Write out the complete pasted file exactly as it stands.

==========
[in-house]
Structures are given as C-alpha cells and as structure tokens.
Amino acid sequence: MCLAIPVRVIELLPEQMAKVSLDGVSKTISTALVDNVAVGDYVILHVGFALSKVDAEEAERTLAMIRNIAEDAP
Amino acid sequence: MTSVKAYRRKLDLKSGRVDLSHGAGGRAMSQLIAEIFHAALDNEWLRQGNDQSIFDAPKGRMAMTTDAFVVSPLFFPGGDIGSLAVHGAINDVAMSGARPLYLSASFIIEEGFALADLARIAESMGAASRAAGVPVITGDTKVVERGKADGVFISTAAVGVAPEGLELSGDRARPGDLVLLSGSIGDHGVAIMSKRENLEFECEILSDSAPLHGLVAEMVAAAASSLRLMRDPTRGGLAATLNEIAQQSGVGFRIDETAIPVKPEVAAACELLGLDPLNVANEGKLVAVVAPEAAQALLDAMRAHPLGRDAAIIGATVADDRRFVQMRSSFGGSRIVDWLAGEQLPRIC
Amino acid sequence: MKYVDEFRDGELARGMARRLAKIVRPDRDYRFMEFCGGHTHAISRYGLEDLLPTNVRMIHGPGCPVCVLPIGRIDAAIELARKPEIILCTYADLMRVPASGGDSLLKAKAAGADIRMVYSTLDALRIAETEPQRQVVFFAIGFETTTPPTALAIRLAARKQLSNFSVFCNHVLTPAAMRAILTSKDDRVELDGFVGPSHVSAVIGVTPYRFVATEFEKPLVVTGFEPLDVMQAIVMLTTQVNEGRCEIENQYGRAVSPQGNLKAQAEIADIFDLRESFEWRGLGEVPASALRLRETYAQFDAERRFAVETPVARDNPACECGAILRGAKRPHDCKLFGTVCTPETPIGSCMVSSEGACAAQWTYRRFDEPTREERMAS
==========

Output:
[in-house]
Structures are given as C-alpha cells and as structure tokens.
Amino acid sequence: MCLAIPVRVIELLPEQMAKVSLDGVSKTISTALVDNVAVGDYVILHVGFALSKVDAEEAERTLAMIRNIAEDAP
Amino acid sequence: MTSVKAYRRKLDLKSGRVDLSHGAGGRAMSQLIAEIFHAALDNEWLRQGNDQSIFDAPKGRMAMTTDAFVVSPLFFPGGDIGSLAVHGAINDVAMSGARPLYLSASFIIEEGFALADLARIAESMGAASRAAGVPVITGDTKVVERGKADGVFISTAAVGVAPEGLELSGDRARPGDLVLLSGSIGDHGVAIMSKRENLEFECEILSDSAPLHGLVAEMVAAAASSLRLMRDPTRGGLAATLNEIAQQSGVGFRIDETAIPVKPEVAAACELLGLDPLNVANEGKLVAVVAPEAAQALLDAMRAHPLGRDAAIIGATVADDRRFVQMRSSFGGSRIVDWLAGEQLPRIC
Amino acid sequence: MKYVDEFRDGELARGMARRLAKIVRPDRDYRFMEFCGGHTHAISRYGLEDLLPTNVRMIHGPGCPVCVLPIGRIDAAIELARKPEIILCTYADLMRVPASGGDSLLKAKAAGADIRMVYSTLDALRIAETEPQRQVVFFAIGFETTTPPTALAIRLAARKQLSNFSVFCNHVLTPAAMRAILTSKDDRVELDGFVGPSHVSAVIGVTPYRFVATEFEKPLVVTGFEPLDVMQAIVMLTTQVNEGRCEIENQYGRAVSPQGNLKAQAEIADIFDLRESFEWRGLGEVPASALRLRETYAQFDAERRFAVETPVARDNPACECGAILRGAKRPHDCKLFGTVCTPETPIGSCMVSSEGACAAQWTYRRFDEPTREERMAS